Me: I've got MY EYE on you, PEOPLE! Nothing gets past me! If I catch any of you plagiarizing, I'll make you write ten extra research papers and I'll put B-minuses on all of them! That's right, I said it! Take THAT! Now drop and give me fifty thesis statements!

Not too long ago, I read a piece of writing by a writer whose writing I admire. But in this particular piece, the writer used a passage that I recognized from someone else's work. The writer, however, did not indicate exactly who the lines came from, and several people have praised this person for the writing. I have to admit; it bothered me.

It wasn't a big deal. It was just a brief passage. But still. Maybe I should have sent him a letter saying, "I'm ON to you, MISTER!" Or maybe I should have photographed a picture of a notebook with several pens sticking out of it, and sent it to the writer with a message saying something like, "This notebook could be YOU."

I have heard of other more egregious cases of people "borrowing" other people's work. There was the 19-year old Harvard student, Kaavya Viswanathan, who was busted for lifting entire passages from the works of several authors, like Megan McCafferty, Sophie Kinsella, Meg Cabot, and Salman Rushdie. She got a book deal and a movie deal before she was caught; both deals, were, of course, later cancelled when the truth came out.

In one of the articles I read about her, she claimed that she had photographic memory and had read those authors' books so many times that they had just become ingrained in her head; when she started writing, those authors' words became her words. But I thought this was problematic, because if she had photographic memory, wouldn't she remember that those words didn't belong to her?

I still have a lot to learn about writing (and blogging). But whatever I write down is MINE. And maybe it's not Pulitzer-worthy, and maybe some reader's immediate reaction to my writing might be, "You insult me with your mediocrity! I SPIT on your story!" But even if the stuff I write isn't good enough to be published (at least not yet), at least it's coming from my own mind and my imagination. And that is something.

What are your thoughts on "borrowing" other people's writing? If you were in a position to say something to the writer, would you?

Tuesday, September 14, 2010

What Would You Do?

If you opened the door to your apartment and found one of your neighbors passed out in front of it, what would you do? Would you
a) Step over her and tell people that she's your human doormat.
b) Take her picture and post it on a website with the caption "This is why you should drink in moderation".
c) Help her get into her apartment.

What I did: c. But then what would you do if the girl refuses to stay in her apartment and keeps running back to yours? Would you
a) Not answer your door and decide to leave your apartment through the window from now on.
b) Tell her, "I don't even know you, darn it! Leave me alone!"
c) Help her get into her apartment a second, third, and then a fourth time.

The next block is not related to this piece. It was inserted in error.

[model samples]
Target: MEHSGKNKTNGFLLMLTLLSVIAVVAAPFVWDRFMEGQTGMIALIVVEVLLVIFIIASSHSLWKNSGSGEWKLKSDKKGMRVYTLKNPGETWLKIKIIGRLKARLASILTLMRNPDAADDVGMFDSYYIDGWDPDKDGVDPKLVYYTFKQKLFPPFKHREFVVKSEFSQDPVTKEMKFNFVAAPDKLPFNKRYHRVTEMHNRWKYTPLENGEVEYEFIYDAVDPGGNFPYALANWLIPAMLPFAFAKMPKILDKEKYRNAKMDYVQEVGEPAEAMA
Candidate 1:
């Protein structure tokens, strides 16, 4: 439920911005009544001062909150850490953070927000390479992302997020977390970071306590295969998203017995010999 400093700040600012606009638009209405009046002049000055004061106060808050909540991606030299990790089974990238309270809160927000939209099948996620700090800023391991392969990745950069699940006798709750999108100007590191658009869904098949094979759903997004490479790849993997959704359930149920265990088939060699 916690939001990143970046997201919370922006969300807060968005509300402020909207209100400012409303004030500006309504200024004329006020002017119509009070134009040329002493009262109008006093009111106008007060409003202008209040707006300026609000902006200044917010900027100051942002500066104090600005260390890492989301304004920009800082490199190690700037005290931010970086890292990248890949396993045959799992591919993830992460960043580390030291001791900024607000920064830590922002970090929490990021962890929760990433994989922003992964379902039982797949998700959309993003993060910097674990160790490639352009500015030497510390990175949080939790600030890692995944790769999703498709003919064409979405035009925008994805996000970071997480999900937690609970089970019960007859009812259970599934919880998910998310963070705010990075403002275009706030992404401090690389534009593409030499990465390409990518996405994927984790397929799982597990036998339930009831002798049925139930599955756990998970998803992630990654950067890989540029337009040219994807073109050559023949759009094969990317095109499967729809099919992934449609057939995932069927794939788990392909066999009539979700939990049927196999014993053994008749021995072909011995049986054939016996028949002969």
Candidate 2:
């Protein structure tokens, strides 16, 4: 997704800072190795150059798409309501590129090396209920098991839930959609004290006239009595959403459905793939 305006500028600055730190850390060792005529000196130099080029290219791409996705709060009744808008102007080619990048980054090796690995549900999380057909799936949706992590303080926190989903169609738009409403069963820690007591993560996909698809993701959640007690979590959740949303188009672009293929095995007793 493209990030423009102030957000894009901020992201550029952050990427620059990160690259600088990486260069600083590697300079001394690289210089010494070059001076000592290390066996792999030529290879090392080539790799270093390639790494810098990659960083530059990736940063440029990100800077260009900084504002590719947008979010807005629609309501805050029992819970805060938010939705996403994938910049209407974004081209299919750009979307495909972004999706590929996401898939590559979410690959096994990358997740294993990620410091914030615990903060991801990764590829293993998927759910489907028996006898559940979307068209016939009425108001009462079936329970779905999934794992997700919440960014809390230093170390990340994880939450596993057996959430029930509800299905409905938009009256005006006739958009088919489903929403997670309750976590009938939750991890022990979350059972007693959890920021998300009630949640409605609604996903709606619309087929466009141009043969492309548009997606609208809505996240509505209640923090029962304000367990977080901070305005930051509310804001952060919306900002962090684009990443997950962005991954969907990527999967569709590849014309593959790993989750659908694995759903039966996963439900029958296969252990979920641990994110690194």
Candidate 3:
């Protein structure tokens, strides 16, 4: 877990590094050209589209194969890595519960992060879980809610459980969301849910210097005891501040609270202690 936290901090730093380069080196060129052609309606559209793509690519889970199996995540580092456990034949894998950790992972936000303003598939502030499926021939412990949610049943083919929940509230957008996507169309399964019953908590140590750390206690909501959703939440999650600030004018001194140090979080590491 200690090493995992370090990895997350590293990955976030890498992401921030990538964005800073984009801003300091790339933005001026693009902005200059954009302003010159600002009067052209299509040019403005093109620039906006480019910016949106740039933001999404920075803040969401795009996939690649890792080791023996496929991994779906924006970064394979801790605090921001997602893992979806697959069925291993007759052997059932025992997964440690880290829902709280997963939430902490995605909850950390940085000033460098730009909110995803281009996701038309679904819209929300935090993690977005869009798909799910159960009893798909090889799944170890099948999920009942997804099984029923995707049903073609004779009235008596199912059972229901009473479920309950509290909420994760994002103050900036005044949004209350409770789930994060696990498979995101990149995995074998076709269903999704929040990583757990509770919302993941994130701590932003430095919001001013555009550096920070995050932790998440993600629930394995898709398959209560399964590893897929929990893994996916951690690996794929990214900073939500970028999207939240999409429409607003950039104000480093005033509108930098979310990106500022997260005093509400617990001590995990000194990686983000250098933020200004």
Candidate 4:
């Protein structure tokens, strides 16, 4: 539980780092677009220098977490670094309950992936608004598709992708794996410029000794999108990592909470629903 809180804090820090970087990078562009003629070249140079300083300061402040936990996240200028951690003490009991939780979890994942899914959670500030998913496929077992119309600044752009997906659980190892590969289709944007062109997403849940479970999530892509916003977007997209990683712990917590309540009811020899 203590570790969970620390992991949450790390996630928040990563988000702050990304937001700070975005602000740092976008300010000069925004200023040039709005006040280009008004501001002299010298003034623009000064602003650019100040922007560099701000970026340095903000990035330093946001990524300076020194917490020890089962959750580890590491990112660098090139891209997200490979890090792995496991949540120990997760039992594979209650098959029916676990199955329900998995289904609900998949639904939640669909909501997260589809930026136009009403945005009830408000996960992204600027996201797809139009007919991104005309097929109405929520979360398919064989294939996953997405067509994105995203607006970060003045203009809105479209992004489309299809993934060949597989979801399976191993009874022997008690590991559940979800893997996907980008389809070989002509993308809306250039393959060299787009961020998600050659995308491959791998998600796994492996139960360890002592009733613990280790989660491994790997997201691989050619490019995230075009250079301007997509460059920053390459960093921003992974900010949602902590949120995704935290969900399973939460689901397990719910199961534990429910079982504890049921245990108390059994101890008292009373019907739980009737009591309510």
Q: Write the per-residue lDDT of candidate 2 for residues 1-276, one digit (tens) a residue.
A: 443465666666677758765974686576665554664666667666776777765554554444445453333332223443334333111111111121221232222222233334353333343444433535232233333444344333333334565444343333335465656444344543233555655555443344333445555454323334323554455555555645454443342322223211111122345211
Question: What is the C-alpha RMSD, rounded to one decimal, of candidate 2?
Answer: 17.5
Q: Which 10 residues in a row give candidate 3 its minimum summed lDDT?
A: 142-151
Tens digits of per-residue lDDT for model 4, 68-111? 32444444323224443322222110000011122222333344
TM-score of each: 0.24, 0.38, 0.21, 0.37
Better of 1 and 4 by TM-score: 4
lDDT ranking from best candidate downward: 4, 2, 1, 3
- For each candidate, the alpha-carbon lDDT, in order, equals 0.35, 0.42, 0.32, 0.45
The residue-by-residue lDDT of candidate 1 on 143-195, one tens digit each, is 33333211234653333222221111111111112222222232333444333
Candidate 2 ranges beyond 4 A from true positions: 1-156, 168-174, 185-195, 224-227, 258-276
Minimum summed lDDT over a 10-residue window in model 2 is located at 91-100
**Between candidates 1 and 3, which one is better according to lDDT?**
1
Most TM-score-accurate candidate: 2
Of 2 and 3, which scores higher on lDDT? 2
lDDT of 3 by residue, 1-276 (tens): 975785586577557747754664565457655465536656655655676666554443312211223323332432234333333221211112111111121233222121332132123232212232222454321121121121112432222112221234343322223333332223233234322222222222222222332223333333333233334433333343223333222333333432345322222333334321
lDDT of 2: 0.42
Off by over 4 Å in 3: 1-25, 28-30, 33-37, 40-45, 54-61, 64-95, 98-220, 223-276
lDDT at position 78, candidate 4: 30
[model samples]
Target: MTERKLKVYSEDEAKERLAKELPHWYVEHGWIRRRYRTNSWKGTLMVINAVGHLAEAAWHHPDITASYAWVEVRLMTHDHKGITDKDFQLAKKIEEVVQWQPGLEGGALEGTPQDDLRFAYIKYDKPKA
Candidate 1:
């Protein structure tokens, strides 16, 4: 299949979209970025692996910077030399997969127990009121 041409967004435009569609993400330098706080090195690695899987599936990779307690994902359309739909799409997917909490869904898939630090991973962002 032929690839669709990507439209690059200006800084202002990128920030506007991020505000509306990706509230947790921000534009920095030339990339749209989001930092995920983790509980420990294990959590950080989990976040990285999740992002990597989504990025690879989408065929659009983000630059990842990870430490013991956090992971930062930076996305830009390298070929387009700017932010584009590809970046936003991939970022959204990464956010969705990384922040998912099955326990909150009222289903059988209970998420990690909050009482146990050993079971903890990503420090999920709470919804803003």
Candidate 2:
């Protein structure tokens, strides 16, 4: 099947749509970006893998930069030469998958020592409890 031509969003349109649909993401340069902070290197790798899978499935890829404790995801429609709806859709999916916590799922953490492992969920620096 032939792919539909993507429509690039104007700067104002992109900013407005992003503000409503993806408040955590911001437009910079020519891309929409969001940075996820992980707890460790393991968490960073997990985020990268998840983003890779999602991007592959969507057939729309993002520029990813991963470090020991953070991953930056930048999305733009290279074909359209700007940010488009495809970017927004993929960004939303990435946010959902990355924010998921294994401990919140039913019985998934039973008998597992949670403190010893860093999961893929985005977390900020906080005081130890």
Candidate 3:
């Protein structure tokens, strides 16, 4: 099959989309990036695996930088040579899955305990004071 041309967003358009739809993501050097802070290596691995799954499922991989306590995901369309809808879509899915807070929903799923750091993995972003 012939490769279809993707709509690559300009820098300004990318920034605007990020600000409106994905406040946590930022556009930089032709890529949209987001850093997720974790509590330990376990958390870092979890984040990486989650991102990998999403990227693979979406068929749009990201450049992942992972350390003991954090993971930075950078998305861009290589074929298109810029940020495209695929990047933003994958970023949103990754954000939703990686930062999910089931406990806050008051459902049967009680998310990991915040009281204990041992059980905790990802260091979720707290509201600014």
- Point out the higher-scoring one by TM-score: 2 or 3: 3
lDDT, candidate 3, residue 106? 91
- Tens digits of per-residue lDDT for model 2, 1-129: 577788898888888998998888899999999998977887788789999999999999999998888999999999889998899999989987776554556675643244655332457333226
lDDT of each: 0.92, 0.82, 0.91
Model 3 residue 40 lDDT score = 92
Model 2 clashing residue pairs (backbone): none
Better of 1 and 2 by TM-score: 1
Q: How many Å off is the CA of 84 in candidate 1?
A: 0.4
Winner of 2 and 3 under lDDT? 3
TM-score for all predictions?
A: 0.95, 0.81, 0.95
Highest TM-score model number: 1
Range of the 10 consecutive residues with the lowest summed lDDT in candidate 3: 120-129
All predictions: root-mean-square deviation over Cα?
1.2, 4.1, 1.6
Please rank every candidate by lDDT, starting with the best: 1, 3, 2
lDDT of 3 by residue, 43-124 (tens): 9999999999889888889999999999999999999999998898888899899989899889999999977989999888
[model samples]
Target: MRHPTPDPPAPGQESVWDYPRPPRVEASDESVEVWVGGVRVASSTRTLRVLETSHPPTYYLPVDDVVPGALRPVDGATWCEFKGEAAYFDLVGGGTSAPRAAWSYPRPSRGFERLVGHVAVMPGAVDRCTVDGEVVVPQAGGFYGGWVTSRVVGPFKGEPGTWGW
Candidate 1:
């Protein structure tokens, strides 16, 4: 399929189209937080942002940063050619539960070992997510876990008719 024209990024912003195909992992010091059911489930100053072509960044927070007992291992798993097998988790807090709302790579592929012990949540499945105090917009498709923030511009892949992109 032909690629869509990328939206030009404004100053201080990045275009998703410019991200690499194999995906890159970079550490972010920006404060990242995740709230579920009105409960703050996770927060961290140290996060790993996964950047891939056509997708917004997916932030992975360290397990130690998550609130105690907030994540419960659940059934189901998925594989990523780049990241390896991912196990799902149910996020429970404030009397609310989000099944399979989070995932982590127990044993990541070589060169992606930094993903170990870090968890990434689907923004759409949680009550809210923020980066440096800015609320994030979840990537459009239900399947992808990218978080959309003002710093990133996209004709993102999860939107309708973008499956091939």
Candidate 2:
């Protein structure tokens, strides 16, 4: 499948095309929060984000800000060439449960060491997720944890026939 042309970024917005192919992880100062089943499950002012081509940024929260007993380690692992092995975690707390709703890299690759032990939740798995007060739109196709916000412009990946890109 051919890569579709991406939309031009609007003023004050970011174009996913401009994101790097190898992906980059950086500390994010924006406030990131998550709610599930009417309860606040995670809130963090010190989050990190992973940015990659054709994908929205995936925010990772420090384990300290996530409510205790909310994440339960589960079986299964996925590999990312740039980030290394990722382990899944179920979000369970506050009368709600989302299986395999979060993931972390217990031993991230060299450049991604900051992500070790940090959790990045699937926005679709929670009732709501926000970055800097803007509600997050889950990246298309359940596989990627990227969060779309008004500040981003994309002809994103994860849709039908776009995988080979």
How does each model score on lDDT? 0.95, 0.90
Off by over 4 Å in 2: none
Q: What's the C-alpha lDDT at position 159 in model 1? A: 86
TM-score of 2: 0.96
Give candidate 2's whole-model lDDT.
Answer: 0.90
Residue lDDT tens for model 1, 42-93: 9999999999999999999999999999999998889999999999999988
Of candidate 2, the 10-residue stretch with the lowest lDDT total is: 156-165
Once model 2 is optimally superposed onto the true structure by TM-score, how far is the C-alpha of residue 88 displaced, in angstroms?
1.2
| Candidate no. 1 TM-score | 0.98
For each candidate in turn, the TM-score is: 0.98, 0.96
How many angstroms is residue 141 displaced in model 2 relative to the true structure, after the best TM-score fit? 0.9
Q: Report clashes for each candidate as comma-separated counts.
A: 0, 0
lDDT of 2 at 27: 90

What I did: c. But then what would you do if the girl starts crying about her boyfriend, and she says he won't call her back? Would you
a) Advise her to join a convent because at least then she'll stop drinking and passing out in front of her neighbors' apartments.
b) Throw a box of Kleenex at her and hope she won't go all "Hallmark moment" on you.
c) Call her boyfriend and ask him politely to come over.

What I did: c. But then what would you do if the girl's boyfriend refuses to come over? Would you
a) Tell the boyfriend you will sell everything in her apartment for M&Ms if he doesn't come over
b) Tell the boyfriend that you will leave his girlfriend (who has passed out again) in the middle of traffic
c) Tell the boyfriend that you really need him to come over, because darn it, you don't even know her

What I did: c. But then what would you do if, sometime later, you open your door to find a mattress blocking the exit? (It was left not by the drunk girl, but by some loser on your floor who is too lazy to go to the dumpster.) Would you
a) Start stabbing your way through the mattress with your cereal spoon to get out
b) Leave the mattress in front of your neighbors' door and threaten to attack them with your spoon if they do this again
c) Call the super for help.

What I did: c.

What would you do if people in your neighborhood decided to organize outdoor concerts for several bands, and you were subjected to LOUD music for several hours a day for several days while the concerts lasted?
a) Throw rotten vegetables at them and yell, "You SUCK!"
b) Approach the bands and offer to be their backup dancer, and then proceed to demonstrate the three dance moves you know.
c) Complain to the police, and, upon learning that they can't do anything because the Bands with No Talent have permits, start grinding your teeth so hard you end up cracking one of them.

What I did: c. My dentist fixed my cracked tooth but made me start wearing a bite guard, which, when I looked in the mirror, made me think that I should audition for the remake of Revenge of the Nerds.

What I did next: scour the apartment listings for a new place to live, preferably a building with no other people in it.